G.W. Mark Rests in Secret Peace

Friday morning, raw and rainy, January fading away, and I’m pondering George Washington Mark… again.

You may recall that I wrote about this famous Greenfield folk artist in recent weeks after finding his painting of a storied hound that was once the sporting pet of blacksmith and tavernkeeper Henry A. Ewers (1806-1867), a previous owner of my Greenfield Meadows home.

Mark was born in 1795 in Charlestown, New Hampshire, and in 1817 chose Greenfield as his home. Known as “The Count” and remembered about town for his flashy attire, he died in 1879 – leaving a rich legacy as Franklin County’s all-time finest house, sign, furniture, sleigh, and carriage painter.

When he applied his artistic touch to oil-on-canvas painting and opened a gallery in 1848, his work was largely ignored and eventually even ridiculed by a harsh New York critic from Knickerbocker Magazine. Then, long after Mark had left this world in a custom, 700-pound, metal coffin, his reputation as an American folk artist soared to great heights in the mid-20th century, when his primitive paintings were sought for prestigious American art museums and sophisticated private collections.

Mark’s posthumous celebrity forced art historians and reporters to explore the man as local advertisers trolled for potential surviving examples of his work. The market was ripe.

Greenfield was abuzz with Mark-revival clamor in the wake of regional and national articles appearing in Old-Time New England (Summer 1950) and Antiques magazine (July 1952). Then the man was squarely on the map as an important folk artist, not to mention Greenfield’s only primitive painter of note. His story was destined for intermittent newspaper regurgitation and refreshingly new scholarly avenues of research.

The list of late, 20th- and 21st-century Greenfield newspaper scribes who explored Mark’s life and work included Bill Gorey, Al Oickle, and my old friend Irmarie Jones, known for her popular Just Plain Neighbors column. For parts of five decades, we shared an occasional raucous corner of the Greenfield Recorder newsroom.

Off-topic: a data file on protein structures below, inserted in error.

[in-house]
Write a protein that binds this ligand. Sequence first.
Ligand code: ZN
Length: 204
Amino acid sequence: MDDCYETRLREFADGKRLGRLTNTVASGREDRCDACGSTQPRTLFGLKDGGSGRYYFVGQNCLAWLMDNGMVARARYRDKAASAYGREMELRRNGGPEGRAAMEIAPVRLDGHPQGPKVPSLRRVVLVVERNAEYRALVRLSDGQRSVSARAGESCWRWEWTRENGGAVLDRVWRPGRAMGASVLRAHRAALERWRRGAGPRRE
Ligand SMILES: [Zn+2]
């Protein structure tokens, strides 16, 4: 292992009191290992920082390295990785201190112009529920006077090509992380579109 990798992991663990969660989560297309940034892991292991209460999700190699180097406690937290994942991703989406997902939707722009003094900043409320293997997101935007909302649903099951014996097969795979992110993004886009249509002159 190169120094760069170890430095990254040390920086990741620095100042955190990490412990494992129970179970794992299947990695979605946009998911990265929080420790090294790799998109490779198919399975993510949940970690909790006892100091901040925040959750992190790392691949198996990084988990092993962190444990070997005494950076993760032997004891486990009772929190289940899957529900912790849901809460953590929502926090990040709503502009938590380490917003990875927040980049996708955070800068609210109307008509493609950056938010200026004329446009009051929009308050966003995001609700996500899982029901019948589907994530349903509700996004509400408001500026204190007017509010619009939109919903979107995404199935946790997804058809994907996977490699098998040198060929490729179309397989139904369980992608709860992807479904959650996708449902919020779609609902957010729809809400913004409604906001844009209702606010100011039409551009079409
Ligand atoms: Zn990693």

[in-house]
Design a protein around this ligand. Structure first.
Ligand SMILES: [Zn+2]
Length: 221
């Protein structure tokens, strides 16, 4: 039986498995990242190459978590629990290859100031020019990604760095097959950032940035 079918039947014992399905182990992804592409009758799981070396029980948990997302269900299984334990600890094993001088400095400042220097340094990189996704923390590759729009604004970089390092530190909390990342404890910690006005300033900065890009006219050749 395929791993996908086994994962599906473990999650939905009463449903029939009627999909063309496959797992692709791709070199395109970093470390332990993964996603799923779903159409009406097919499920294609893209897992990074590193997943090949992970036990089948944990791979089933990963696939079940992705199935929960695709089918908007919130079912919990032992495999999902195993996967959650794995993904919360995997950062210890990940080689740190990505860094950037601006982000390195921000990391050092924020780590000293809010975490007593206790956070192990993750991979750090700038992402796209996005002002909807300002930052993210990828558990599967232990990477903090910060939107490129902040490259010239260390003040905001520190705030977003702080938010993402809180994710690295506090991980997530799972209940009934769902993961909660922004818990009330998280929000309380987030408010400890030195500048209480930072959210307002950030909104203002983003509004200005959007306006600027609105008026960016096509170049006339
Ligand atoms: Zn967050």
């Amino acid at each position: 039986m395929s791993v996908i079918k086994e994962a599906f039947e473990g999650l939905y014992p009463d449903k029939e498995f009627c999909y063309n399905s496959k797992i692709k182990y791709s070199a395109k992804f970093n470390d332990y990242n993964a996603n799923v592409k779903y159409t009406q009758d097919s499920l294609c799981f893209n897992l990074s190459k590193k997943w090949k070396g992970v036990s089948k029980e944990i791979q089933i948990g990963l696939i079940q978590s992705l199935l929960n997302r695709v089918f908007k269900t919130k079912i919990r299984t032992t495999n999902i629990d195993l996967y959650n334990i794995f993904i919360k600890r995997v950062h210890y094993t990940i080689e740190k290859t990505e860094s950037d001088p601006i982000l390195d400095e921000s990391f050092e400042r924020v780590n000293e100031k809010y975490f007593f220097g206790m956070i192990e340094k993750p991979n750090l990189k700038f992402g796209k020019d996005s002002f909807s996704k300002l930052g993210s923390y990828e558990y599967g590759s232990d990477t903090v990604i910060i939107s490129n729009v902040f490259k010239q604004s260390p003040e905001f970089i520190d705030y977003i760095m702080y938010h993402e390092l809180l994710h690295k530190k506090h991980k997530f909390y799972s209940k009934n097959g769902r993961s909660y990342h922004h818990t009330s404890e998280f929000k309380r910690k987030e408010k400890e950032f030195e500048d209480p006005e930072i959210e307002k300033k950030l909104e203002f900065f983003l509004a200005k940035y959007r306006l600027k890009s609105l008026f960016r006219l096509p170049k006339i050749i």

In the late 1970s, Greenfield Historical Society president and Recorder freelance columnist Steve Finer took a deep dive into the Mark narrative. The rare-book dealer and historian kept plugging away at the famous artist in his Saturday Editorial Page column. Then, with a bulging Mark file assembled, Finer delivered a comprehensive, well-attended Historical Society presentation.

In the process, Finer placed the most intense community spotlight on Mark since the 1890s, when Greenfield judge Franklin Fessenden scurried to assemble and promote his paintings. Eventually, he gathered more than 30 paintings that ended up in Deerfield historian George Sheldon’s barn before being sold in the 1930s to a New York City department store. Sheldon cherry-picked Old Indian House, which is now displayed at Old Deerfield’s Memorial Hall Museum.

Despite many attempts over the years to fill in missing details about Mark’s fascinating life, the Greenfield artist remains a bit of an enigma today. Cloaked in the allure of the unknown, his story presents many tempting threads of inquiry dangling for further investigation. One never knows what a gentle tug on such a dangler will unravel.

Among many mysteries surrounding Mark are two that most interest me: 1.) who was first wife Mary Ann Skinner (1798-1860), said to be from Gill at the time of their marriage, and 2.) where is Mark buried in that heavy, talk-of-the-town coffin? It’s possible that both questions will never be answered, even in these days of ever-expanding online genealogical resources. That’s no accident, but rather Mr. Mark’s intention. He obviously believed it was nobody’s business, and took special measures to obscure all discovery paths.

I could find no newspaper obituary or death notice announcing his wife’s February 15, 1860 passing – only a February 27 Greenfield Gazette and Courier card of thanks to “the Ladies of all the Religious Societies in this place… for the long and constant kindness [shown] in the last distressing sickness of my partner.” He signed that paid expression of gratitude “Your Affectionate and Humble Servant, G.W.  Mark.”